Nival’s King’s Bounty: Legions has been available for some time on Facebook but has recently launched as a free-to-play iPad app, allowing players to play on the go using their tablet device. AppData reports the Facebook version currently enjoys 100,000 monthly active users and 10,000 daily active users at the time of writing — though this figure also includes users who are playing on the iPad.
King’s Bounty: Legions, like the long-running series of standalone PC titles from which it takes its name, is a medieval fantasy strategy RPG in which players take on the role of an army commander, travel around a map to accomplish various quests and regularly engage in turn-based battles against varied hordes of enemies.
In battle, player and enemy forces take it it turns to act according to their speed ratings. This potentially means that several quick units on one side of a conflict could get a move before the enemy may act. During a turn, a unit may move on a hex-based grid and, so long as they didn’t move too far, may also attack an enemy. Some units use melee weapons and must be adjacent; others may attack from far away with magic or ranged weapons. The player also has access to various spells during combat — these are generally very strong “superpowers” that can significantly turn the tide of battle, so it is important to save them for the optimum moment in order to make the most of them.
Between battles, players are able to replenish their army’s forces at various outposts using unit types that they have unlocked through completing quests and leveling up. Units fall into several different “classes,” and each type of unit is particularly strong against one other type, and weak against another. Lining up a balanced army that is appropriate for the challenges ahead is a key part of the game’s strategy. King’s Bounty: Legions is most certainly not a game where it’s possible to win by sheer force of numbers — unlike many of the casual strategy games currently available on Facebook and mobile.
The game makes use of an energy system to limit the number of battles a player is able to participate in in a single session, though this is refilled over time or by leveling up. Energy systems are often unpopular with the kind of demographic that enjoys deep, complex games like King’s Bounty, but Nival have put a good idea in place to minimize frustration: a “Patrol” facility allows the player to send their armies off to participate in battles while they are not actively playing the game. When the army returns, the player receives the experience and gold rewards they would have done had they been actually controlling them — meanwhile, in all likelihood their energy will have restored, allowing them to continue. Alternatively, players may engage in player-vs-player battles for no energy cost, and are rewarded with five energy points if they are victorious.
King’s Bounty: Legions requires a Facebook account in order to play. This allows the player’s progress to be stored online and also allows for jumping back and forth between desktop and mobile versions of the game. The iPad version is fundamentally identical to its Facebook-based sibling, though the interface has been somewhat tweaked to be more touch-friendly — players may hold down on a button to see a tooltip regarding its function, for example, whereas on the Facebook version this would be accomplished simply by hovering the mouse pointer over the top.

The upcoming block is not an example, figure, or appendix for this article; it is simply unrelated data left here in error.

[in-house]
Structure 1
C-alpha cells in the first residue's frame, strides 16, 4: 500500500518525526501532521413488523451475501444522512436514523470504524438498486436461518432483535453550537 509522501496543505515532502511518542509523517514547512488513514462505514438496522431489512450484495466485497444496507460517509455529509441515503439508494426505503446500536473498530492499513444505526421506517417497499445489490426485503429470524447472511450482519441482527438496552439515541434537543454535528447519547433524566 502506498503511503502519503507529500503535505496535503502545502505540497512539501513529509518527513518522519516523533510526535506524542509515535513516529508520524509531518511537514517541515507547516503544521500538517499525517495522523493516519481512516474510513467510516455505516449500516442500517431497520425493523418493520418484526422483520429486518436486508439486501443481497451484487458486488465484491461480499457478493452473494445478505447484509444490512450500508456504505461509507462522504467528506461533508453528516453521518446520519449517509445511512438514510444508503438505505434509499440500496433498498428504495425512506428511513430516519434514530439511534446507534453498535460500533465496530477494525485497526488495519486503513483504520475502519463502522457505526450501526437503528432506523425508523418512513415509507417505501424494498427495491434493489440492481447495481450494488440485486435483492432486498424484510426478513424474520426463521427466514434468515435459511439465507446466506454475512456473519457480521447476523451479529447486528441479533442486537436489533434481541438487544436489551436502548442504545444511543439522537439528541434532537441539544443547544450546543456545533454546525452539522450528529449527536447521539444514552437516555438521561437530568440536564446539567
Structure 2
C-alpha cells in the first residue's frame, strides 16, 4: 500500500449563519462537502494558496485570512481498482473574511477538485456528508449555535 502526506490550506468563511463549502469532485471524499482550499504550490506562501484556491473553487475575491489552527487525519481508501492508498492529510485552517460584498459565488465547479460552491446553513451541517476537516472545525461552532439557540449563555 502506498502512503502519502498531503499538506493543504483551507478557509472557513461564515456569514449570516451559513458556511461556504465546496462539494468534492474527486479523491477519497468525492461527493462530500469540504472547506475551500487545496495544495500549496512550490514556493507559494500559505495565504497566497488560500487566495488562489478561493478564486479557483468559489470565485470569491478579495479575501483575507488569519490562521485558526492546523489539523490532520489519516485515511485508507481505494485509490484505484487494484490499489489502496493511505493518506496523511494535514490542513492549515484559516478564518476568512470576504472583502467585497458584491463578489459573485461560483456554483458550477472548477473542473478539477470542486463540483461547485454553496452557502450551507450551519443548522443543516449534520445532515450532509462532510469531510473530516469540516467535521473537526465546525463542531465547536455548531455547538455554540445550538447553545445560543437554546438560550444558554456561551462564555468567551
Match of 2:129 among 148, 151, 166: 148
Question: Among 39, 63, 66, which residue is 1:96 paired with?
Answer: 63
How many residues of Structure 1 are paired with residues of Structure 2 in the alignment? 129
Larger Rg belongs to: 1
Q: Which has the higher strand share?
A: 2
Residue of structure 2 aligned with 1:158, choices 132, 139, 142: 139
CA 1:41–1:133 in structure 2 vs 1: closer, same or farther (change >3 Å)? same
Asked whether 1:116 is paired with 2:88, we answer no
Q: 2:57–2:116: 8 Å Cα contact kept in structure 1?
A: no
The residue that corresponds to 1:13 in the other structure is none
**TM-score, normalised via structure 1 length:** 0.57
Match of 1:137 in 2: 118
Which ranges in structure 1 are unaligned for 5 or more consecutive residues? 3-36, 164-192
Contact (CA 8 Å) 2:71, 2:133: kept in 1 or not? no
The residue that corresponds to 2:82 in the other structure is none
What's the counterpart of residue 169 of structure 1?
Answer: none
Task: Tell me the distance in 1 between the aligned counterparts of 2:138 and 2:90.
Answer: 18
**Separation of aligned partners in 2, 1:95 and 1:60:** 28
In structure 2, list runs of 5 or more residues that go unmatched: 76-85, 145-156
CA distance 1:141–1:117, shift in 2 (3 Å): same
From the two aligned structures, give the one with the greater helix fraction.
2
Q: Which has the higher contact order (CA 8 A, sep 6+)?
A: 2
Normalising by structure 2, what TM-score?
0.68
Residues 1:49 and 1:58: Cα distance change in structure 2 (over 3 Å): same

There is one minor issue with the game’s reliance on Facebook, aside from the fact that those without an account cannot play at all: those players who started games on the social network when the game first came out and haven’t touched it since will be picking up where they left off with perhaps no memory of how to play or what they were doing. There does not appear to be an in-game tutorial that can be accessed after the start of the game, seemingly no in-game manual and no apparent means to restart the game. Just an in-game link to the comprehensive online manual would be helpful — as it is, players will have to find this information on their own or already be familiar with it. This is no issue for experienced King’s Bounty fans, but for those new to the series, this could be enough to stop them from playing in frustration.
The game monetizes through hard currency sales, which can be exchanged for soft currency, energy or premium items. These include powerful “Legendary” units, temporary booster items, equipment and spells, all of which can give the player a significant advantage — though it’s also worth noting that the game is seemingly well-balanced for free players, too. The whole package, in fact, is a good example of how to balance the desires of hardcore players with the need to monetize.
While it could be daunting for newcomers, those who are already fans of the series or of strategy RPGs in general, will find a great deal to like in this iPad incarnation, making it likely the game will likely enjoy a relatively small but long-term dedicated niche audience.
That said, the game is presently doing very well: at the time of writing, our tracking service AppData indicates that King’s Bounty: Legions is ranked at No. 12 in Top Free iPad Apps and No. 8 in Top Free iPad Games. How long this stint at the top of the charts will last remains to be seen — but a better picture of the game’s long-term appeal can be gauged by looking at its Facebook figures instead, since these will now include iPad players as well.